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The Great Gatsby

F. Scott Fitzgerald

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The Great Gatsby | Discussion Questions 41 - 50


In Chapter 3 of The Great Gatsby, what sets Nick Carraway apart from other guests at one of Jay Gatsby's parties?

Nick mentions that while most people attending a Gatsby party simply show up without an invitation, he had been invited. "I had actually been invited," Nick says, "with a surprisingly formal note."

In Chapter 3 of The Great Gatsby, who does Nick Carraway meet up with at Jay Gatsby's party, and what plot thread does this meeting seem to set into action?

As it is Nick's first time attending a Gatsby party, he feels a little awkward until he runs into Jordan Baker, the woman he met at Daisy and Tom Buchanan's house. This meeting introduces the plot thread with Nick and Jordan, who begin seeing each other that summer.

In Chapter 3 of The Great Gatsby, what do readers learn about Gatsby from his guest Lucille McKee, and how does her companion respond to Lucille's story about her dress?

Lucille relates that at the previous Gatsby party she attended, she tore her gown on a chair. Jay Gatsby took her name and address and sent an expensive replacement gown within a week. Hearing this, her companion responds with suspicion. "There's something funny about a fellow that'll do a thing like that," the other girl chimed in, eagerly voicing her opinion that Gatsby must be trying to avoid "trouble with anybody."

At the end of Chapter 3 of The Great Gatsby, what story does Nick Carraway remember about Jordan Baker's first big golf tournament, and why does he remember it now?

By the end of Chapter 3 Nick is spending a good deal of time with Jordan. It is at this point that he recalls the story he was trying to remember the night they met at the Buchanans'—a tale about her cheating at the first big golf tournament she participated in. As he says, "the thing approached the proportions of a scandal." The story faded away, however, when a caddy withdrew his statement. This comes up now because as he spends more time with Jordan, Nick sees that she is dishonest, yet he's developing feelings for her.

What is on the list that Nick Carraway makes for himself at the beginning of Chapter 4 in The Great Gatsby?

Nick's extensive list, written on an old timetable that he says is deteriorating at the folds, captures the names of the many people—from both East Egg and West Egg—who attended Jay Gatsby's parties the summer Nick was living in the East.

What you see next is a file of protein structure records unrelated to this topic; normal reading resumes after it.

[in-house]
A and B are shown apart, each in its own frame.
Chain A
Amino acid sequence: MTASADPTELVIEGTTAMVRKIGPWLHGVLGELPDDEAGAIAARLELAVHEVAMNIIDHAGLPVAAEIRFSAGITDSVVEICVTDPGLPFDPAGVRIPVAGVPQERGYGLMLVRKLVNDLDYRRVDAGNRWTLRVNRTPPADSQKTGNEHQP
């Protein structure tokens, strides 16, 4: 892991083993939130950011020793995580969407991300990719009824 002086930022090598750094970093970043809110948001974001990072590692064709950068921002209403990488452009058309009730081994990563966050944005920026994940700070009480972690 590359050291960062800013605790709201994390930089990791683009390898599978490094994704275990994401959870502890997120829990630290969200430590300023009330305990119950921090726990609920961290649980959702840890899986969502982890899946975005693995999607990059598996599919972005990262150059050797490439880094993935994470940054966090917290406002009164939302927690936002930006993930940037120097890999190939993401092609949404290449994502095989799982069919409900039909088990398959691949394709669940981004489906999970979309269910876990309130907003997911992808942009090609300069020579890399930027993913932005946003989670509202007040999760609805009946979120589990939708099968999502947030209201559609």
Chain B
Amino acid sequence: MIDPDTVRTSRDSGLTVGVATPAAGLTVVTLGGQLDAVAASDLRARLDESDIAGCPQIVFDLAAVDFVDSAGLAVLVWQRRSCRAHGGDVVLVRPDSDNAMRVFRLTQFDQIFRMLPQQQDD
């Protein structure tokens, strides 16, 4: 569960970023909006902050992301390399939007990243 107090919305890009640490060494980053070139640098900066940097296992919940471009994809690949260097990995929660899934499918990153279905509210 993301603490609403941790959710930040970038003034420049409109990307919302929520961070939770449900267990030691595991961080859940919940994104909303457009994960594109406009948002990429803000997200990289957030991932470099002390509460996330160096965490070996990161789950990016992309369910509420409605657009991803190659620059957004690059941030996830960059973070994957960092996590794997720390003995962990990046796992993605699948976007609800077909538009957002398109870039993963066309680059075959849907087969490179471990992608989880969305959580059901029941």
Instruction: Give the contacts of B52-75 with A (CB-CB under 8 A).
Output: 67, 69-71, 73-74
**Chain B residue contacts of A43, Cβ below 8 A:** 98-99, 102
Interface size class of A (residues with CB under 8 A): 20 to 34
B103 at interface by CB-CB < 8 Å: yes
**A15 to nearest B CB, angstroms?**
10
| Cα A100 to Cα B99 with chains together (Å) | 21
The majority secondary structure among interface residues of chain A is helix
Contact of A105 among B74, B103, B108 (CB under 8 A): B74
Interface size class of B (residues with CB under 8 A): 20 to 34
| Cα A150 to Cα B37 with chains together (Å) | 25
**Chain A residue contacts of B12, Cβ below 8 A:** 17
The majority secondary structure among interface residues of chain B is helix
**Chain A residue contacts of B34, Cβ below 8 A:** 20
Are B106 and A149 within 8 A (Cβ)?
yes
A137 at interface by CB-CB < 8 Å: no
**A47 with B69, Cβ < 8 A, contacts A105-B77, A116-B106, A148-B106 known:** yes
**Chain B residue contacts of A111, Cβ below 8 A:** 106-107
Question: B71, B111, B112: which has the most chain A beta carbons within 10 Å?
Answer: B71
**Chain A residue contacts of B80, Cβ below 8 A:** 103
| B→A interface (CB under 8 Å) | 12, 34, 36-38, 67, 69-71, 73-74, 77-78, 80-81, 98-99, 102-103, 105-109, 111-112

In Chapter 4 of The Great Gatsby, with what does Jay Gatsby regale Nick Carraway as they take a ride into New York City together one morning?

On the ride into New York City, which Nick calls disconcerting, Gatsby does a lot of talking. Because he is about to ask a favor of Nick, Gatsby says he wants to explain a little about himself. He then tells Nick about his upbringing as the child of a wealthy family (all of whom died), being educated abroad, serving and rising to distinction in the military—all of which led him to Long Island and West Egg.

As Nick Carraway and Jay Gatsby drive into New York in Chapter 4 of The Great Gatsby, who does Gatsby say will ask Nick for a favor on his behalf?

In the course of the car ride to the city that day, Gatsby reveals that he has asked Jordan Baker to deliver a request to Nick on his behalf. Through Jordan, Gatsby asks Nick to arrange to have Daisy Buchanan and Gatsby to tea.

In Chapter 4 of The Great Gatsby, who does Jay Gatsby invite to join Nick Carraway and him for lunch in New York City?

When Nick arrives at the restaurant to have lunch with Gatsby, he discovers that Gatsby has invited a business partner named Meyer Wolfsheim to join them. After Wolfsheim has left, Gatsby describes him as a gambler and the "man who fixed the World Series back in 1919."

In Chapter 5 of The Great Gatsby, what request does Nick Carraway make of Daisy Buchanan when he calls to invite her for tea at his house?

Nick asks Daisy not to bring Tom. The more interesting aspect to this request is Daisy's response: "Who is 'Tom'?" The quick exchange between them, which includes this retort, leaves the reader wondering about her intent.

In Chapter 5 of The Great Gatsby, how does Fitzgerald portray Jay Gatsby's nervousness when Daisy Buchanan and Gatsby meet for tea at Nick Carraway's house?

Gatsby's nervousness—hints of which readers first see when he and Nick take the drive into New York to have lunch—stands in contrast to the Gatsby seen in the earlier chapters, and Fitzgerald does an excellent job of portraying that. Fitzgerald describes Gatsby's behavior through Nick's eyes. When Gatsby arrives at Nick's for tea with Daisy, Nick remarks that he is distracted, pale, and nervous. Upon Daisy's arrival, Nick escorts her into the living room and finds that Gatsby has disappeared. Moments later, he appears at the front door as if he, too, has just arrived. Nick describes the rigid pose Gatsby assumes at the outset as well as his jittery communication. He mentions that "Gatsby ... was reclining against the mantelpiece in a strained counterfeit of perfect ease." This, as well as the way Gatsby takes a seat on the couch, are telling, but it may be the mantelpiece clock being knocked askew that is the peak moment.

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